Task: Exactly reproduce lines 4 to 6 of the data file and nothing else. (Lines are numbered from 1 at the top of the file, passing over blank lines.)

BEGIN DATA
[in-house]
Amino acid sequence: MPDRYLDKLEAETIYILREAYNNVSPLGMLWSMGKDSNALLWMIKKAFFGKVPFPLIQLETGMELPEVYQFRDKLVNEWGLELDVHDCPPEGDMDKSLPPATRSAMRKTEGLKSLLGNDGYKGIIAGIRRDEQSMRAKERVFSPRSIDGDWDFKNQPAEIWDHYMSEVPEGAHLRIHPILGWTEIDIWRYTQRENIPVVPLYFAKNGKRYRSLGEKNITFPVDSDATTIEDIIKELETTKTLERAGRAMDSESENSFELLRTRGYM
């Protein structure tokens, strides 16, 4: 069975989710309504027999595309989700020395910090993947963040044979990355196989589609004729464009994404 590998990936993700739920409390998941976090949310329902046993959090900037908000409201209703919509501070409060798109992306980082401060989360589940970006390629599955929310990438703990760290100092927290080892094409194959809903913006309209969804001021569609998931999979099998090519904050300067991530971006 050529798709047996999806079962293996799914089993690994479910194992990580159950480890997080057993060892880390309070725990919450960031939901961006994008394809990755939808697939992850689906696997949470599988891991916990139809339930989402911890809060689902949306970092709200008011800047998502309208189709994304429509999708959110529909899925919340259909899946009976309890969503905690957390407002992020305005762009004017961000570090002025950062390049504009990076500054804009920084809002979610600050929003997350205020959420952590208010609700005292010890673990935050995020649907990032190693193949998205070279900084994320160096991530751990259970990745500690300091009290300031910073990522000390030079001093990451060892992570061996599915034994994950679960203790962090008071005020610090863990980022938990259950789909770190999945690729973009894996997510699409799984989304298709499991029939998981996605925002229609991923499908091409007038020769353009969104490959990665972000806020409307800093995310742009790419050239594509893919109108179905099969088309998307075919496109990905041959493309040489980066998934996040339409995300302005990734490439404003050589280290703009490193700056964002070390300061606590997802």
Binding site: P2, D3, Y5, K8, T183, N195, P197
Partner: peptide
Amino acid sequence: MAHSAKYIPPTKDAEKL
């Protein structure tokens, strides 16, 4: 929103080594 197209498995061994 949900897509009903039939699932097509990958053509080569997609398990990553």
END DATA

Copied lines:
Binding site: P2, D3, Y5, K8, T183, N195, P197
Partner: peptide
Amino acid sequence: MAHSAKYIPPTKDAEKL